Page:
Several weeks ago I started playing with Laravel. Primarily because several colleagues are using it, and have suggested that I take a look at it. During my time reviewing how to build a view template I came across references to
View and other static calls. Initially I was not impressed due to the use of so many static calls. I have come to an understanding about how static calls in certain circumstances can actually enhance code readability.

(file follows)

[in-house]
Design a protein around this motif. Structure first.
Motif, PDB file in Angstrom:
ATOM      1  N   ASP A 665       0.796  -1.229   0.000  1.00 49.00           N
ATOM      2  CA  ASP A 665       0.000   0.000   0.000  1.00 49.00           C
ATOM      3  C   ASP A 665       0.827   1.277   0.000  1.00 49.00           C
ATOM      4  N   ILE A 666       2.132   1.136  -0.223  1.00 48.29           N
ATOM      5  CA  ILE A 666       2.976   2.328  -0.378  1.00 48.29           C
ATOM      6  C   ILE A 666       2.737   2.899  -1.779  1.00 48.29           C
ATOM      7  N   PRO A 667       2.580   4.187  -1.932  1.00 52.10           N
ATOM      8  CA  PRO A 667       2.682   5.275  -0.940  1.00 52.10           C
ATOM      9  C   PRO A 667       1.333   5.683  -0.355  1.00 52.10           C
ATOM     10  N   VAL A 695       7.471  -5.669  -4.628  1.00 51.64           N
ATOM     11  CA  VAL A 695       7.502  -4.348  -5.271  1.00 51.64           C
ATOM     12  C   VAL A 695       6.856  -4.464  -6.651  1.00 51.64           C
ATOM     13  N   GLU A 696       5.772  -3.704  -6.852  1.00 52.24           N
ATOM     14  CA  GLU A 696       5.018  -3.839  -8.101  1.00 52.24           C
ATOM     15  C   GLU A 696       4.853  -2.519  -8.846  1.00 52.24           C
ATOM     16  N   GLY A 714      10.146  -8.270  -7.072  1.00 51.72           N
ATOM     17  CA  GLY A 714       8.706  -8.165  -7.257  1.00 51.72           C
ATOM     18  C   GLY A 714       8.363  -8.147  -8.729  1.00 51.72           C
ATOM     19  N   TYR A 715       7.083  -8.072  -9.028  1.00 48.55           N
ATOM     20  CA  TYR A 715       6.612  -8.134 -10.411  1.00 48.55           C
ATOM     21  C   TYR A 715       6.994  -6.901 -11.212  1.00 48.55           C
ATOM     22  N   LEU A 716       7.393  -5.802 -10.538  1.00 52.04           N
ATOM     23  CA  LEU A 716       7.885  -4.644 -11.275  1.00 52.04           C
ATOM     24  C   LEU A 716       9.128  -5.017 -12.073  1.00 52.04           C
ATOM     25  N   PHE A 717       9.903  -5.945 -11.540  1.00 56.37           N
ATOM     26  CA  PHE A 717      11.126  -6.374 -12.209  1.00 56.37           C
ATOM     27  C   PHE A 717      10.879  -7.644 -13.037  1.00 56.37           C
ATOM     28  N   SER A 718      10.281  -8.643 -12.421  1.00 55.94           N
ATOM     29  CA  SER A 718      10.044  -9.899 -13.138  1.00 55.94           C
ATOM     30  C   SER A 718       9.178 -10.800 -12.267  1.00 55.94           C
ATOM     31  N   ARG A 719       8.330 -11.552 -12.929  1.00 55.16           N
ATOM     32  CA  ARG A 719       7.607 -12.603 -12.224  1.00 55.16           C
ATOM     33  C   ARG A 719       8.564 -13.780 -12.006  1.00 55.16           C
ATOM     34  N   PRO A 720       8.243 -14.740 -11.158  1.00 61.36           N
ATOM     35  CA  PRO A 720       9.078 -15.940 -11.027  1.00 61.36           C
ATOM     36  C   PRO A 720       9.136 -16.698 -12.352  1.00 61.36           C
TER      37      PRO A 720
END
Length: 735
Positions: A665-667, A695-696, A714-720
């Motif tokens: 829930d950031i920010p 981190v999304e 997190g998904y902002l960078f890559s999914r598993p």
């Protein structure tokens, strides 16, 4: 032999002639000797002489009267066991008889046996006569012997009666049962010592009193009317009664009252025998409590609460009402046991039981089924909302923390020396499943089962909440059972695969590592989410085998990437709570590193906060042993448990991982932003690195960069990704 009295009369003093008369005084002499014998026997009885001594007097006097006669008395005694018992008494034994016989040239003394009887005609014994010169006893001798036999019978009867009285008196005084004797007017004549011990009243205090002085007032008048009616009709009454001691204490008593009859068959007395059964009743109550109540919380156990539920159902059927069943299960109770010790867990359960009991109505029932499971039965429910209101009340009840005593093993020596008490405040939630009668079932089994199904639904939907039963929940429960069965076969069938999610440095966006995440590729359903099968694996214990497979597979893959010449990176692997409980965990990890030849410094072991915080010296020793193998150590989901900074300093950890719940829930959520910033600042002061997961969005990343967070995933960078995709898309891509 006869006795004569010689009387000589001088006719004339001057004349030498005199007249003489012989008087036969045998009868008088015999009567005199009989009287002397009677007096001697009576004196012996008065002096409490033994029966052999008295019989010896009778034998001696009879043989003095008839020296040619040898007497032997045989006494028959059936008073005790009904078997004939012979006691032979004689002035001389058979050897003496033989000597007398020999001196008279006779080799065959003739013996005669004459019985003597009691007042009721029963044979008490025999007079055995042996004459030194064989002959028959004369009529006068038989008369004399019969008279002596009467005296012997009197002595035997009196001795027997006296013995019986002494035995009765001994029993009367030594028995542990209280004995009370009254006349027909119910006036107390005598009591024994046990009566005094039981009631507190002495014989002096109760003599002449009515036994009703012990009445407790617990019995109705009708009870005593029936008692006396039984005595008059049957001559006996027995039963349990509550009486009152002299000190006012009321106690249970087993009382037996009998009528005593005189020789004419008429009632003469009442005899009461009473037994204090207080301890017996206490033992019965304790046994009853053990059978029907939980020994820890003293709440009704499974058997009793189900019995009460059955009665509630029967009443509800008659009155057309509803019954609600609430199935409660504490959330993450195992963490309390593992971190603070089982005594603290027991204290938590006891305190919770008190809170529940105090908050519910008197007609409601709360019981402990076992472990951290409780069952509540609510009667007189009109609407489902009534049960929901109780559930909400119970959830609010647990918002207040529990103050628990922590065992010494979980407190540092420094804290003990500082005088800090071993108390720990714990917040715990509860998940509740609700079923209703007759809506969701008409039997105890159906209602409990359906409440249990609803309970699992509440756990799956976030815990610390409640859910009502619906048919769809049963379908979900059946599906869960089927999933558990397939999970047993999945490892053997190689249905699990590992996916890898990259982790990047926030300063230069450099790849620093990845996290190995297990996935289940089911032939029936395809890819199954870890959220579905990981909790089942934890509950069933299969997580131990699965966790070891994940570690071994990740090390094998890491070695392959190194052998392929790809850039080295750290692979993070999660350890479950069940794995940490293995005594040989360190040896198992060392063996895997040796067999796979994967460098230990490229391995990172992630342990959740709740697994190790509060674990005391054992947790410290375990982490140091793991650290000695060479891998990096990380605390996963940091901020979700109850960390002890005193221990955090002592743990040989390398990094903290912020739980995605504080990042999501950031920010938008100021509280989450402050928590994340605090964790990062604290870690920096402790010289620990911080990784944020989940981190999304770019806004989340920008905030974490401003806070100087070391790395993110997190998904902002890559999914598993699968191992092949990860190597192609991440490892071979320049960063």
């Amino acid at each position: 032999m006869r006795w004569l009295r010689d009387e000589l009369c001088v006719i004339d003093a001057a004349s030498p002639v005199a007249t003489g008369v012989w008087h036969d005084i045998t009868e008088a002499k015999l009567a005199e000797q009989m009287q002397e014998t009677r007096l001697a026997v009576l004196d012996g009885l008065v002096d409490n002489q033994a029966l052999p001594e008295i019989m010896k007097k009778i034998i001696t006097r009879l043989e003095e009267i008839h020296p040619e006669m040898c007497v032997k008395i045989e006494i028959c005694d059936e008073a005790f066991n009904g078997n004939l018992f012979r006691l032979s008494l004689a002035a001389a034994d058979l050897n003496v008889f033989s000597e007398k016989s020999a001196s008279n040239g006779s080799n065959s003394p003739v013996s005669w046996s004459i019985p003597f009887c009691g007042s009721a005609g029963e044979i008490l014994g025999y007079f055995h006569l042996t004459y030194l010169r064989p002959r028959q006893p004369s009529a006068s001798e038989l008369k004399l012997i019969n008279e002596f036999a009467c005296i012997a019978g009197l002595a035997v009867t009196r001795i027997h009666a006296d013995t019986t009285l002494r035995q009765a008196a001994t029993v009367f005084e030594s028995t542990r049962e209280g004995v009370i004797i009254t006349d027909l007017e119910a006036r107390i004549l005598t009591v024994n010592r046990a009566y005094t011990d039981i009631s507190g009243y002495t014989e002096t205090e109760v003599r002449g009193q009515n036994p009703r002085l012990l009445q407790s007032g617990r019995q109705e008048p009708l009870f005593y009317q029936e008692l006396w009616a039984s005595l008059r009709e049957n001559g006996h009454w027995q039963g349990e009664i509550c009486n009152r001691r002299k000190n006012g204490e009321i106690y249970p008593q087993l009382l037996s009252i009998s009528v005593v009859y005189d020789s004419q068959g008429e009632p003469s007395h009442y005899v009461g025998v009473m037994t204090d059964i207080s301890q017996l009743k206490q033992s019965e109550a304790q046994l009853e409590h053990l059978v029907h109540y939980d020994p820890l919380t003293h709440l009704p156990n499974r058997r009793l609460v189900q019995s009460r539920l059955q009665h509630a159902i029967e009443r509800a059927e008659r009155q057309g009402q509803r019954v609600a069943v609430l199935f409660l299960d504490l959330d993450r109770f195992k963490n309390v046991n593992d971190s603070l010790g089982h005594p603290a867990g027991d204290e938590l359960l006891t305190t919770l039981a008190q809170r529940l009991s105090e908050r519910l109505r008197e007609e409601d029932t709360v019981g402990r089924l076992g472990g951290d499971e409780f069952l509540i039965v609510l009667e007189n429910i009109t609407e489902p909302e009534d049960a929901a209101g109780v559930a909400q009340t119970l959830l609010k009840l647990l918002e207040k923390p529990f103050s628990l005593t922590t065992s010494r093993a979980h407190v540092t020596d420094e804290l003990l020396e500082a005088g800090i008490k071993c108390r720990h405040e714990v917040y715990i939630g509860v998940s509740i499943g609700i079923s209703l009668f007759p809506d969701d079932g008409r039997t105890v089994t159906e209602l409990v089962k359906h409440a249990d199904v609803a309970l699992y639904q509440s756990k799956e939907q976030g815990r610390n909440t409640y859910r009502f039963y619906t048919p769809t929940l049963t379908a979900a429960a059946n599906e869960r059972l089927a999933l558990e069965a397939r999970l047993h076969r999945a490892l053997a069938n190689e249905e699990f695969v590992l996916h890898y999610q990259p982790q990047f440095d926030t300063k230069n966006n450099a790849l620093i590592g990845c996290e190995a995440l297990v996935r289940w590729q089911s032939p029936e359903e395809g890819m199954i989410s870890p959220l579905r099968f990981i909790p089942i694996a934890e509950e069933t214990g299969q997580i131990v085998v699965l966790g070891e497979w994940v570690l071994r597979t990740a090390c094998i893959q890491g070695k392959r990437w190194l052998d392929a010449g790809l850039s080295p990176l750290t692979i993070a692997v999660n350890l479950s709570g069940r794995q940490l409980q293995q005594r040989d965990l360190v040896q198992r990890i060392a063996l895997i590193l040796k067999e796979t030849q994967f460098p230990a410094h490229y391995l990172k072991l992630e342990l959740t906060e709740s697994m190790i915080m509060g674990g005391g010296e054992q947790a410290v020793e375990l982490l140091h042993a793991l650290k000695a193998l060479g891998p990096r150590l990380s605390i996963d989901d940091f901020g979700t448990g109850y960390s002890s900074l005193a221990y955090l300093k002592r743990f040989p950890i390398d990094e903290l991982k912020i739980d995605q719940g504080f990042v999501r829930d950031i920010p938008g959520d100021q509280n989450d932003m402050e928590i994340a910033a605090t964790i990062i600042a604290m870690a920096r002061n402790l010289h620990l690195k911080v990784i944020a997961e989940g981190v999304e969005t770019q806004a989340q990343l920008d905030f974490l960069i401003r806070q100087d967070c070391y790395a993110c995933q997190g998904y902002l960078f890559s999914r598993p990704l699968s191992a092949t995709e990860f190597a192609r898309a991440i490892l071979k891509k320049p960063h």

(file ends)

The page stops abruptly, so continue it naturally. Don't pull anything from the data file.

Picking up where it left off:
During my tenure as a seasoned, and tenderized, PHP developer I have used many design patterns: adapters, factories, data mappers, facades, etc. The most recent one that I have been working with is Dependency Injection. Inversion of Control is not a new idea, at least not in the programming world, but in the PHP world it seems to have taken us by storm in recent years. Every framework will often have a Dependency Injector built in, or offer it as a component for use. It is the hip thing to do in PHP, but I believe we need to take a step back and evaluate it for what we are really trying to achieve. That is reducing the tight coupling that our objects may have. I view it as removing the new-able’s from our objects code, and handing the object creation over to something else to deal with. Read further on how I believe DI can become an anti-pattern.